12. whats on the ground in the last picture between the two pots with the bird on them?

  13. i love this story julia.

    some of these pictures look like they're out of a film. incredible.

    great great post.

  14. So nice to hear your responses to a personal post. I love to hear how you can relate or the things that caught your eye. Thank you!

    [re]becca- What an eye! Its a stuffed toy puppy. I didn't even notice it got into the photo!

  15. Haha the expressions of some of those Ukrainian grandma's made me chuckle. I'm from Rivnenska Oblast too. I also fell in love with some of the Christmas decorations at the baazar! I was able to bring some back to USA.Great photos, thanks for refreshing my memories :)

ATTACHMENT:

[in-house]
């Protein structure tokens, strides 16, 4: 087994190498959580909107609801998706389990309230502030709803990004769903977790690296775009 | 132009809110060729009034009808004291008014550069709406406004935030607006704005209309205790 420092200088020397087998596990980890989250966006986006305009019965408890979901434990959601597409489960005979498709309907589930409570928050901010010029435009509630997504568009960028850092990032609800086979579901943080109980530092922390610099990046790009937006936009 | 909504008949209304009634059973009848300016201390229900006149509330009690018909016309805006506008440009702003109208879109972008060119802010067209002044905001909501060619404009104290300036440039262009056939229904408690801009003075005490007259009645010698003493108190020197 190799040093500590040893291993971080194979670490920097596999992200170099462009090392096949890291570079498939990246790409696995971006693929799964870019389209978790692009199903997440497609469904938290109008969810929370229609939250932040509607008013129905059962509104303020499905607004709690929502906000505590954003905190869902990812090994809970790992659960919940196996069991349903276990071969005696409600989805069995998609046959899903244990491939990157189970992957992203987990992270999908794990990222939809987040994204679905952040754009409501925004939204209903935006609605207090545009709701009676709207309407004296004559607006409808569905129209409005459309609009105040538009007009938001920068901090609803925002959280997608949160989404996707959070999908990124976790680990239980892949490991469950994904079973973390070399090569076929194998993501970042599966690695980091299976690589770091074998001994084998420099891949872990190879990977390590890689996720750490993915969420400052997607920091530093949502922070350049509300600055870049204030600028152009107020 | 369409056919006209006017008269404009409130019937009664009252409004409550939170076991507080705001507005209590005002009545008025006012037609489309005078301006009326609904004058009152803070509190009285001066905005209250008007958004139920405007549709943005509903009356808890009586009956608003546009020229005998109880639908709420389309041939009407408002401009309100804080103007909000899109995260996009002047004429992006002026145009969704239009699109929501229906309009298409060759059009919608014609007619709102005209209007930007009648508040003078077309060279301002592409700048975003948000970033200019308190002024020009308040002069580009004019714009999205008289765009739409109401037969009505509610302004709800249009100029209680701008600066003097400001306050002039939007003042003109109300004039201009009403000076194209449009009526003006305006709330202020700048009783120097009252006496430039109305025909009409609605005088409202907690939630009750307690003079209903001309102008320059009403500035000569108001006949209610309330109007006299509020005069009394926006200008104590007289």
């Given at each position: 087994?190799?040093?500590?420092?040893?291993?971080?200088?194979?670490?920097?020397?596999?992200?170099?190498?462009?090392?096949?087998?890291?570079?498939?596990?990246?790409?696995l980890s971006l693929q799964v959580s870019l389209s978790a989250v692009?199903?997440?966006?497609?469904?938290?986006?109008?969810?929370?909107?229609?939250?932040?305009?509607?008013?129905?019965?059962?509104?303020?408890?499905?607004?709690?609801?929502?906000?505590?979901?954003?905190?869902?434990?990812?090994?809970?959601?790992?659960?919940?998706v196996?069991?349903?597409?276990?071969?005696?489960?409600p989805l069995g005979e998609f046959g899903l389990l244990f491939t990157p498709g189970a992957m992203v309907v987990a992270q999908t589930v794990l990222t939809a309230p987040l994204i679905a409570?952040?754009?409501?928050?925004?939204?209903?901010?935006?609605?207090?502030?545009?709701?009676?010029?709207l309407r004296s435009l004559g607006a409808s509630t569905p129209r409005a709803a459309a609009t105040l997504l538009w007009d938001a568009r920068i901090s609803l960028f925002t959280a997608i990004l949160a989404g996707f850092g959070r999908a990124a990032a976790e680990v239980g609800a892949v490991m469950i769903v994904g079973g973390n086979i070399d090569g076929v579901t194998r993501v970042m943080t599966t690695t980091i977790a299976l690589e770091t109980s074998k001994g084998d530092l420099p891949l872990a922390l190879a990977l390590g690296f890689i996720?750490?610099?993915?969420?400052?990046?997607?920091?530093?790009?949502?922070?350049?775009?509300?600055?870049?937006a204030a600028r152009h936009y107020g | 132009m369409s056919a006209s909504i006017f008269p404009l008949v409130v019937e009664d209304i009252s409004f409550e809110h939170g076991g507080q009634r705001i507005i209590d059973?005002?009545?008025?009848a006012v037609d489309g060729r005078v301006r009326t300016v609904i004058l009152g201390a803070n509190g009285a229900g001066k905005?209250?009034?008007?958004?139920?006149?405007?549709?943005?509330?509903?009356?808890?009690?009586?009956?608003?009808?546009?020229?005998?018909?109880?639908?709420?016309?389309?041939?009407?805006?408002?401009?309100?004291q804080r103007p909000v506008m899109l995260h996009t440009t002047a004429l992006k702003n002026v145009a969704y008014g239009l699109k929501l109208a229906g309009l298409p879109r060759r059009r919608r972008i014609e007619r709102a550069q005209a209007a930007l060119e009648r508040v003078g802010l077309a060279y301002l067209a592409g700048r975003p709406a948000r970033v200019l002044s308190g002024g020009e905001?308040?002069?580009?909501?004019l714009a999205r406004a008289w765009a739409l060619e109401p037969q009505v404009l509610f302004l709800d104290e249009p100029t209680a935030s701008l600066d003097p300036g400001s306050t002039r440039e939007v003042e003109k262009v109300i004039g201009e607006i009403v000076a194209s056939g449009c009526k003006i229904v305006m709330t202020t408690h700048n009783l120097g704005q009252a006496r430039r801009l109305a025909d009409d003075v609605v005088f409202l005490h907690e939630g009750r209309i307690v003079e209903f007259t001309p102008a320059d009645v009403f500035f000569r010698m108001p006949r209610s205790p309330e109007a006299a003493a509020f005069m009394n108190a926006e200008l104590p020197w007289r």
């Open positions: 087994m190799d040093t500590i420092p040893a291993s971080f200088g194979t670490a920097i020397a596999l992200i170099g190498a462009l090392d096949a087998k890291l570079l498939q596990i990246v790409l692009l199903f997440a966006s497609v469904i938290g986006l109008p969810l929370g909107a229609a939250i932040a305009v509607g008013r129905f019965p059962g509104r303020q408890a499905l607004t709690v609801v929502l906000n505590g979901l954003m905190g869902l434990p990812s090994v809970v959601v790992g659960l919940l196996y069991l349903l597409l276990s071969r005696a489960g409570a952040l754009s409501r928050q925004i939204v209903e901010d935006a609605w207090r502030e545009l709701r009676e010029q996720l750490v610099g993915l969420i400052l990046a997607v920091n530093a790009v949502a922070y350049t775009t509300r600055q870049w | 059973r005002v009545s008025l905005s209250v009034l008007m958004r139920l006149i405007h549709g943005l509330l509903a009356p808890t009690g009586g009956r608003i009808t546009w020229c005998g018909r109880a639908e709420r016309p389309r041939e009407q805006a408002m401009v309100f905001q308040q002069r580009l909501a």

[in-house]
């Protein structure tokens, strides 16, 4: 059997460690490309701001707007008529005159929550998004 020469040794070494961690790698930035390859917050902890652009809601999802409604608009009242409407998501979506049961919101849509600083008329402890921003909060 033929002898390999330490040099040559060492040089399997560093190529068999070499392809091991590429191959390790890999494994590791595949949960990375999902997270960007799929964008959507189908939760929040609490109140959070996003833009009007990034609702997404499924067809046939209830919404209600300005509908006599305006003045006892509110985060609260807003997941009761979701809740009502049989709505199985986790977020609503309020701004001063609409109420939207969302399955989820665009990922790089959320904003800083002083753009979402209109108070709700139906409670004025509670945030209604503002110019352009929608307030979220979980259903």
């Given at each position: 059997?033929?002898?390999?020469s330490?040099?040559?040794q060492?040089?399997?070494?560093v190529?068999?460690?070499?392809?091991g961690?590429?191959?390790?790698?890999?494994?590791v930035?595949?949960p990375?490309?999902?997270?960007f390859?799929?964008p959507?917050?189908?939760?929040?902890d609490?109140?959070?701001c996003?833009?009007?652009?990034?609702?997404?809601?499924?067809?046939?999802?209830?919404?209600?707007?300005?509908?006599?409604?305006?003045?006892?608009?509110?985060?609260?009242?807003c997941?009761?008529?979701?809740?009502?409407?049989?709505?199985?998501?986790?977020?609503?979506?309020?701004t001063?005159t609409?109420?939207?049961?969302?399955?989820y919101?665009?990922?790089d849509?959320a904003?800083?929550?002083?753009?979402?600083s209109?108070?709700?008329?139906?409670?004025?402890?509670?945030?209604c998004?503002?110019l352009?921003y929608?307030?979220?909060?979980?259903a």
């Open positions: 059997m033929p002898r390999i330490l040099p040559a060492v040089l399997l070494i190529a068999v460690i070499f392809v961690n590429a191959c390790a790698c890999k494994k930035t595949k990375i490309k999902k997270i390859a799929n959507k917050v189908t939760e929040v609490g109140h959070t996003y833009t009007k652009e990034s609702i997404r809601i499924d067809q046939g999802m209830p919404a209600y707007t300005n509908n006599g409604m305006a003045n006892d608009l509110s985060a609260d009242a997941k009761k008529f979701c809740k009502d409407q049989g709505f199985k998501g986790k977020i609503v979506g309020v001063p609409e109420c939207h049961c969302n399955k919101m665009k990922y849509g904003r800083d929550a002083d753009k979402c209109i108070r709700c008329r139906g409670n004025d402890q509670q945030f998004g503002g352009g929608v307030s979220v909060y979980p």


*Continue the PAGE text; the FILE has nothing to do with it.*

16. just discovered your blog..so beautiful and inspiring ;)
    hugs from lille,france. (if you stop by i'll take you around to see the city) :)

  17. love this post, brought a smile to my face. My mom has the same tea set(the red-orange w/ gold trim) displayed in her china cabinet as well. My parents brought it with them when we immigrated to US in 1989 from Korosten, Ukraine. My mother says its all mine when I get married :)
    Love your blog and pictures, keep up the amazing work. God Bless

  18. Great blog really interesting. My Grandfather was Ukranian from Rivne. I have always been fascinated by this country although sadly my grandfather died before I was born. He came to the UK during the Second World War and never went home due to the hard time. I hope to make it there one day!!!